One need only look to Wall Street's torrid past to see the potential for corruption in America. Dishonest and unethical acts done for personal gain can range in scale and severity, from potential acts of political insider trading to entire nations that are controlled by corrupt rulers. Corruption may occur on a smaller scale as well, with everyday Americans seizing opportunities to abuse whatever power they have for their own gain.
A series of new studies compiled in a report, "The Road to Bribery and Corruption: Slippery Slope or Steep Cliff?" suggest that, given the opportunity, people are likely to perform corrupt acts such as bribery, if the opportunity arises abruptly. In the review, the researchers, led by Nils C. Köbis of the University of Amsterdam, explain that scientists have long thought that corruption occurs gradually, worsening over a period of time. However, Köbis found that people are actually more likely to participate in corruption if the chance to do so comes as a one-time opportunity. "The odds of abrupt severe bribery were 4.82 times higher compared with the odds of gradual severe bribery," the study reads.
For instance, students who participated in their experiments were given a certain amount of imaginary funds. One group was presented with the opportunity to make a one-time bribe that would result in their acquisition of significantly more money immediately. Other students were presented with the opportunity to make a smaller series of bribes that would increase their funds gradually, over time. The first group was more likely to take advantage of the opportunity, defying widely-held beliefs about the gradual nature of corruption. The researchers explain that this may be due to the idea that participating in behavior one knows to be unethical is psychologically burdensome, and thus it is easier to live with and rationalize a single corrupt act.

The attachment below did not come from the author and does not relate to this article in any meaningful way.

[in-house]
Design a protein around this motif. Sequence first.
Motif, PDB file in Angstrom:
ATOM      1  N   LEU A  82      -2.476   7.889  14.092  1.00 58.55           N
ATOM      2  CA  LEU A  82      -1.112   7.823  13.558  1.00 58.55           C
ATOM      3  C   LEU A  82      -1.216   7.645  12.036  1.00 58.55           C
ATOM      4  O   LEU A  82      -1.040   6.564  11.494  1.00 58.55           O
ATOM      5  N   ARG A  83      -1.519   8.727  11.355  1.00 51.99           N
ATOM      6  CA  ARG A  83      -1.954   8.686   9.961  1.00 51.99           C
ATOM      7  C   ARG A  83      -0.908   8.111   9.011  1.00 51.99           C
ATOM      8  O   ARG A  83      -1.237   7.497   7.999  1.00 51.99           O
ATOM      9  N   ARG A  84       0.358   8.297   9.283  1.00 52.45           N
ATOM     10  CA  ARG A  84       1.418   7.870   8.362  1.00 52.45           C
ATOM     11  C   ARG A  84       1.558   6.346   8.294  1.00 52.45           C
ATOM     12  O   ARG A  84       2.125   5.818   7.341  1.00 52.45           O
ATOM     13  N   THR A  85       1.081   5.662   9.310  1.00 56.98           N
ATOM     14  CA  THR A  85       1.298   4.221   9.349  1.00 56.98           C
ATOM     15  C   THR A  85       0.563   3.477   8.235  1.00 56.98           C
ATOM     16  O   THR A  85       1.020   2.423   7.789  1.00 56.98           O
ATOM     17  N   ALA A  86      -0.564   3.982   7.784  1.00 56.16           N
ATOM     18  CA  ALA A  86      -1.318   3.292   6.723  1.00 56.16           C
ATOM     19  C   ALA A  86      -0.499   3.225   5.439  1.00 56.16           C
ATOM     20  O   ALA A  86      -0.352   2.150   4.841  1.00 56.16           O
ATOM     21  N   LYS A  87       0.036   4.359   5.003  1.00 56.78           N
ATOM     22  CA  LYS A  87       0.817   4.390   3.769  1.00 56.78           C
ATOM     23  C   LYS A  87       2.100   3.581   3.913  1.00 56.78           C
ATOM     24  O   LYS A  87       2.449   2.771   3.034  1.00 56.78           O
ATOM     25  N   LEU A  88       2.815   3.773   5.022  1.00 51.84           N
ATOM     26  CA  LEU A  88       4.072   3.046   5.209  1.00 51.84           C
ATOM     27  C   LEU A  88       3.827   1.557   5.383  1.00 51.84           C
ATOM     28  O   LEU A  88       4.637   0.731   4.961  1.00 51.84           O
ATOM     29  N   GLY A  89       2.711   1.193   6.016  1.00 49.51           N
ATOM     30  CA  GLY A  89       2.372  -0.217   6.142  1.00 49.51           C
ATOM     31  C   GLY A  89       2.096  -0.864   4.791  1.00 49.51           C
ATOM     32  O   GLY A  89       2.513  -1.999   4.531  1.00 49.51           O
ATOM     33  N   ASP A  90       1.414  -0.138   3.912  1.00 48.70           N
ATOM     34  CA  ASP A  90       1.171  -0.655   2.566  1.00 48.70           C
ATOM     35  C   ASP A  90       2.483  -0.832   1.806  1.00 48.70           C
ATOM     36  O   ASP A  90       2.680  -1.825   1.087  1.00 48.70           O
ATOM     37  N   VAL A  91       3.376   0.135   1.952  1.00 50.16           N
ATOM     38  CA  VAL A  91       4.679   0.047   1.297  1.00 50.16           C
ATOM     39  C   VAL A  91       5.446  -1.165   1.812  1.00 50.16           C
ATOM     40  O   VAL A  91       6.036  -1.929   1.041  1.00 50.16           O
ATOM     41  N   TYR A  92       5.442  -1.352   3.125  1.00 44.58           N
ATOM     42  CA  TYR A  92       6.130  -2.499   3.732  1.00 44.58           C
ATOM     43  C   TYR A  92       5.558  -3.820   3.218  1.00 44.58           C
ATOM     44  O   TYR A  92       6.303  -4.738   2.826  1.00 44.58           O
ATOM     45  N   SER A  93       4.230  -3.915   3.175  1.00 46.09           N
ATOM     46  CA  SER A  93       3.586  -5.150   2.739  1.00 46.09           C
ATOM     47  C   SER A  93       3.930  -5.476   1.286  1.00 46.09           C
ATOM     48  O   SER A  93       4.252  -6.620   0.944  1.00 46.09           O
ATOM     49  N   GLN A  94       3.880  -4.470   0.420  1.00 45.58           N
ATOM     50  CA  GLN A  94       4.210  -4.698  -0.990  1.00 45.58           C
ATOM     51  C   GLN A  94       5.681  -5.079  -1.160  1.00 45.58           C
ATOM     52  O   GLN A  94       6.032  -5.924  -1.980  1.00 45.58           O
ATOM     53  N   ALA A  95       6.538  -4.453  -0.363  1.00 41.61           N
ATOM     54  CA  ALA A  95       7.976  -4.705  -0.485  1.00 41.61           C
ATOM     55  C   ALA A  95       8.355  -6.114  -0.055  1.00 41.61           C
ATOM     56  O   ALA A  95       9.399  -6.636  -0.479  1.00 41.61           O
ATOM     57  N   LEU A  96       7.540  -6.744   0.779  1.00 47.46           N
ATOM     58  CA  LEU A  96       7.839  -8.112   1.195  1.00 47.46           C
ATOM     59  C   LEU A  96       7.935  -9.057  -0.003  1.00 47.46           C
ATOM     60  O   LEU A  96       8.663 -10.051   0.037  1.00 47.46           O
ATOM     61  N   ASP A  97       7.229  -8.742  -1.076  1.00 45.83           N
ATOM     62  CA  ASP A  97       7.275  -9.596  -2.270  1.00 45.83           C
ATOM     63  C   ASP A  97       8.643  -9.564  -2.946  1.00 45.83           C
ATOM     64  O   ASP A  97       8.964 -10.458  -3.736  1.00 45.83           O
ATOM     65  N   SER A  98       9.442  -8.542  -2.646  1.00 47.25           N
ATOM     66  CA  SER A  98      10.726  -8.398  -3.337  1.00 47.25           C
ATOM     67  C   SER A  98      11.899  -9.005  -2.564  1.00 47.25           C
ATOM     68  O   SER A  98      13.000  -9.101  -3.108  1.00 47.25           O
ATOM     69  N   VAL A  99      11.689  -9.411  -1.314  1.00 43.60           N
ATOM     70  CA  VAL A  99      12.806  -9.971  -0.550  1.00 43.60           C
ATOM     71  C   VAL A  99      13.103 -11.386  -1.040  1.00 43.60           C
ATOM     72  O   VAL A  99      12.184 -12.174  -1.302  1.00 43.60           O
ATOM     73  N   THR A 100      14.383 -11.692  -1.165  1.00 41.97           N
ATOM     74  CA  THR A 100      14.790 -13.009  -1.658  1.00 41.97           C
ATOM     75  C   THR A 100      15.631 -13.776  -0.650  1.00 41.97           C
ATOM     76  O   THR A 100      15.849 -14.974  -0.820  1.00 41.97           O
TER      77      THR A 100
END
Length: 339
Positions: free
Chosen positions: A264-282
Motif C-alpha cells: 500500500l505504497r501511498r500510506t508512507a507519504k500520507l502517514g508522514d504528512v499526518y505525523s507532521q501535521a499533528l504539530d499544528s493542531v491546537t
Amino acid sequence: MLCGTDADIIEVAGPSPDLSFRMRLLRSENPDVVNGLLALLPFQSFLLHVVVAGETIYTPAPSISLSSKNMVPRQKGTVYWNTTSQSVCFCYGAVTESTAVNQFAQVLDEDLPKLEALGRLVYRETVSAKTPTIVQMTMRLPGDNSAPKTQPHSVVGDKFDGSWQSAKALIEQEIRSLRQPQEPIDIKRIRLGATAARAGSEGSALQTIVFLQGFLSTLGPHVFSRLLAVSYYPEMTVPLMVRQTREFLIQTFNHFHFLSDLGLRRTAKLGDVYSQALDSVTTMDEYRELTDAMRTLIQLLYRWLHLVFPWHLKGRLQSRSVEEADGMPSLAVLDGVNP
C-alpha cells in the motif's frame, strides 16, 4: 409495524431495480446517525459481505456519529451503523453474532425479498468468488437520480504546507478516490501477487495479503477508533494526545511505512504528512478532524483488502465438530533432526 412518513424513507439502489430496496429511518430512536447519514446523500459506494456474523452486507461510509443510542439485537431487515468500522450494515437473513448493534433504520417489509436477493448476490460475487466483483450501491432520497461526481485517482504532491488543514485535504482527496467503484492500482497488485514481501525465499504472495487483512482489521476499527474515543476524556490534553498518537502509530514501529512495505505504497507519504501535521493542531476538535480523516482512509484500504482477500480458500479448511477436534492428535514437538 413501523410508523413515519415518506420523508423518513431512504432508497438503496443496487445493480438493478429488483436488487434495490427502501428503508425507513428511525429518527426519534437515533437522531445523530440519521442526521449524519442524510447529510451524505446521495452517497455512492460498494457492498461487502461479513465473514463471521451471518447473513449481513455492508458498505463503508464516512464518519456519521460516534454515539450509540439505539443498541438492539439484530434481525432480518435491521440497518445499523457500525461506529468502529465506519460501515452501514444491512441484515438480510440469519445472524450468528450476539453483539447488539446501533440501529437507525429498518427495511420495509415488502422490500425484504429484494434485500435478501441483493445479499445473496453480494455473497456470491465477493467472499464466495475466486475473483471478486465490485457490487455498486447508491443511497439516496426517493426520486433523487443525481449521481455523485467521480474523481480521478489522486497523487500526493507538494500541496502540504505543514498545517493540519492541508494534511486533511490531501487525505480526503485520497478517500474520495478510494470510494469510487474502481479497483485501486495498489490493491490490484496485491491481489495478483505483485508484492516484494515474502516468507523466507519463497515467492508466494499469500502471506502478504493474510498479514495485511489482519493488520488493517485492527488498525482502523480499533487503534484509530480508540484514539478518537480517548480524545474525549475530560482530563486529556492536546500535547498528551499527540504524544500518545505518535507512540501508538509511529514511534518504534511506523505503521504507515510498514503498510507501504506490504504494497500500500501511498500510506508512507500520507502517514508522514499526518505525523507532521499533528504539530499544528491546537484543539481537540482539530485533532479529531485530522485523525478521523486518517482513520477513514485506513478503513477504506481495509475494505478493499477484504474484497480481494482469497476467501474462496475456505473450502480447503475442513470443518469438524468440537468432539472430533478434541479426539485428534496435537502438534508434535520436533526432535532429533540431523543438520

According to Köbis, people often perceive these sort of dishonest gainful opportunities to be victimless, or rationalize the behavior to see it as being harmless. However, "there is always a victim of corruption," Köbis explains in an interview with Broadly. "That can range from concretely identifiable victims like [another, honest] company that was fairly bidding for the contract to more abstract victims like the society as a whole." Because people who commit corruption "might never actually see the victim… the victim might not even know that corruption occurred and therefore not press charges against the perpetrator," Köbis says. In addition to this process of rationalization, people may be more likely to engage in corrupt behavior "if they think that others are doing it as well," he adds.
The United States has just experienced an intense exchange of political power that has some concerned about corruption in our own government. This study's findings may be disturbing, considering how easy it may be for people to choose corruption. Köbis says many countries deal with corruption, and "the question that needs to be answered for each country is whether the degree of corruption has increased."
"Empirical research and (investigative) journalism like the Panama Papers are two ways to expose corrupt practices and increase accountability," he adds.